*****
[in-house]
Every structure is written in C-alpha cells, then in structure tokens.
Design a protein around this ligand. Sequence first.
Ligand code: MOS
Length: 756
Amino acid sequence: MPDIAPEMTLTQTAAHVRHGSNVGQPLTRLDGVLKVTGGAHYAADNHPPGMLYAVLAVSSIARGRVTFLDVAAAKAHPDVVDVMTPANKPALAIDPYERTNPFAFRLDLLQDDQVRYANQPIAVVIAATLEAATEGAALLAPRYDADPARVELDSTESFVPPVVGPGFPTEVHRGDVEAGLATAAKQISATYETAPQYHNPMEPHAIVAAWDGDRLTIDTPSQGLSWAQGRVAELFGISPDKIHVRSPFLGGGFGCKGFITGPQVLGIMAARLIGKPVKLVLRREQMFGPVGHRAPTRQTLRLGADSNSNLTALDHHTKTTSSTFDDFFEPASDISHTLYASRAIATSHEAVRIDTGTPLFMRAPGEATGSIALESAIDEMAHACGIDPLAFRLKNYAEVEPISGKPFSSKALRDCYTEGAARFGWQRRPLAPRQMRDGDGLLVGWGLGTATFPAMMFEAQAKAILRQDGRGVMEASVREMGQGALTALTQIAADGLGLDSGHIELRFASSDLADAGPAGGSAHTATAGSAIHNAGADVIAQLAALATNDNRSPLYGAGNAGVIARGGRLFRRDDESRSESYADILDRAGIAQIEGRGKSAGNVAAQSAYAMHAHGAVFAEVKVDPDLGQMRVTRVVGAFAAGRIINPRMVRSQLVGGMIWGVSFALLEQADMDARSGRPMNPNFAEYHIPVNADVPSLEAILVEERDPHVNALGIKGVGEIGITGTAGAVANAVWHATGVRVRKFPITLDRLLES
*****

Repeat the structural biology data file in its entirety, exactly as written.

[in-house]
Every structure is written in C-alpha cells, then in structure tokens.
Design a protein around this ligand. Sequence first.
Ligand code: MOS
Length: 756
Amino acid sequence: MPDIAPEMTLTQTAAHVRHGSNVGQPLTRLDGVLKVTGGAHYAADNHPPGMLYAVLAVSSIARGRVTFLDVAAAKAHPDVVDVMTPANKPALAIDPYERTNPFAFRLDLLQDDQVRYANQPIAVVIAATLEAATEGAALLAPRYDADPARVELDSTESFVPPVVGPGFPTEVHRGDVEAGLATAAKQISATYETAPQYHNPMEPHAIVAAWDGDRLTIDTPSQGLSWAQGRVAELFGISPDKIHVRSPFLGGGFGCKGFITGPQVLGIMAARLIGKPVKLVLRREQMFGPVGHRAPTRQTLRLGADSNSNLTALDHHTKTTSSTFDDFFEPASDISHTLYASRAIATSHEAVRIDTGTPLFMRAPGEATGSIALESAIDEMAHACGIDPLAFRLKNYAEVEPISGKPFSSKALRDCYTEGAARFGWQRRPLAPRQMRDGDGLLVGWGLGTATFPAMMFEAQAKAILRQDGRGVMEASVREMGQGALTALTQIAADGLGLDSGHIELRFASSDLADAGPAGGSAHTATAGSAIHNAGADVIAQLAALATNDNRSPLYGAGNAGVIARGGRLFRRDDESRSESYADILDRAGIAQIEGRGKSAGNVAAQSAYAMHAHGAVFAEVKVDPDLGQMRVTRVVGAFAAGRIINPRMVRSQLVGGMIWGVSFALLEQADMDARSGRPMNPNFAEYHIPVNADVPSLEAILVEERDPHVNALGIKGVGEIGITGTAGAVANAVWHATGVRVRKFPITLDRLLES